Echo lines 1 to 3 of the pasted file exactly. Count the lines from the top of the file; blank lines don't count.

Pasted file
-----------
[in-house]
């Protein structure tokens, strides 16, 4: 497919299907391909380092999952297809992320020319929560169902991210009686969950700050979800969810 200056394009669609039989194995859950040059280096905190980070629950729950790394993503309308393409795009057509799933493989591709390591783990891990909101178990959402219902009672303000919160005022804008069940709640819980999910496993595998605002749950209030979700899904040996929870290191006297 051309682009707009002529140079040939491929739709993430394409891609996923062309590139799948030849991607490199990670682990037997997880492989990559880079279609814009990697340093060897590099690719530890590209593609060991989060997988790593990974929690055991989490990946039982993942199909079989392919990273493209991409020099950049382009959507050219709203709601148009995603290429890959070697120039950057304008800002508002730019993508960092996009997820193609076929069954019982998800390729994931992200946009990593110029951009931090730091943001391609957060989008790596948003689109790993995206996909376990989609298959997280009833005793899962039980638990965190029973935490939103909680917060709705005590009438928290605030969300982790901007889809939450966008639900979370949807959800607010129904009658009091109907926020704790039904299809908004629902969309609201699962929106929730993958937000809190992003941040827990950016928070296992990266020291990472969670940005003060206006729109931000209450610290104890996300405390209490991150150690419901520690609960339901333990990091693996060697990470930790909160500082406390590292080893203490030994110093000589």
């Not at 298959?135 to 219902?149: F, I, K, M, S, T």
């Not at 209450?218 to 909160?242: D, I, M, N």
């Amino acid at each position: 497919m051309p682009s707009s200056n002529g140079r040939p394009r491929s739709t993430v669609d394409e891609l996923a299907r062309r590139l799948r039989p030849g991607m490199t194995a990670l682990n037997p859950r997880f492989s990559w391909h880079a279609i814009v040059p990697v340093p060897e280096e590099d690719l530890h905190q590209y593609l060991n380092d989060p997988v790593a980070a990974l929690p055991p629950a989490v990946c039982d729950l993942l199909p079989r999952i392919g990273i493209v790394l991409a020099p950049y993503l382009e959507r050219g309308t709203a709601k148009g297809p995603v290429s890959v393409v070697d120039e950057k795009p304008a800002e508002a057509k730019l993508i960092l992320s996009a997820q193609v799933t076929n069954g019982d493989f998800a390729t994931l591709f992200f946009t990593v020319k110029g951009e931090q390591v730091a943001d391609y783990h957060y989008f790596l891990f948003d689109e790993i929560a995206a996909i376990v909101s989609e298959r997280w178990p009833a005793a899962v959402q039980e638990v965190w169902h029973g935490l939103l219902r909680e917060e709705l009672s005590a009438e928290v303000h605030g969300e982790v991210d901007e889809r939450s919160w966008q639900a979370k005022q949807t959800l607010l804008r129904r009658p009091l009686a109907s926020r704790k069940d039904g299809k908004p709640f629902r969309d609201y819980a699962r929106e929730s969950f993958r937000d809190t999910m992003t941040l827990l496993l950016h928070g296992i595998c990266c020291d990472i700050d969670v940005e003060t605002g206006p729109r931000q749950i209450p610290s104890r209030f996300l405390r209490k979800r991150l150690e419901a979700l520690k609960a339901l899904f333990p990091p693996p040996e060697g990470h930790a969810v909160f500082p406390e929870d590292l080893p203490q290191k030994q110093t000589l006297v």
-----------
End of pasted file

[in-house]
């Protein structure tokens, strides 16, 4: 497919299907391909380092999952297809992320020319929560169902991210009686969950700050979800969810 200056394009669609039989194995859950040059280096905190980070629950729950790394993503309308393409795009057509799933493989591709390591783990891990909101178990959402219902009672303000919160005022804008069940709640819980999910496993595998605002749950209030979700899904040996929870290191006297 051309682009707009002529140079040939491929739709993430394409891609996923062309590139799948030849991607490199990670682990037997997880492989990559880079279609814009990697340093060897590099690719530890590209593609060991989060997988790593990974929690055991989490990946039982993942199909079989392919990273493209991409020099950049382009959507050219709203709601148009995603290429890959070697120039950057304008800002508002730019993508960092996009997820193609076929069954019982998800390729994931992200946009990593110029951009931090730091943001391609957060989008790596948003689109790993995206996909376990989609298959997280009833005793899962039980638990965190029973935490939103909680917060709705005590009438928290605030969300982790901007889809939450966008639900979370949807959800607010129904009658009091109907926020704790039904299809908004629902969309609201699962929106929730993958937000809190992003941040827990950016928070296992990266020291990472969670940005003060206006729109931000209450610290104890996300405390209490991150150690419901520690609960339901333990990091693996060697990470930790909160500082406390590292080893203490030994110093000589």
């Not at 298959?135 to 219902?149: F, I, K, M, S, T």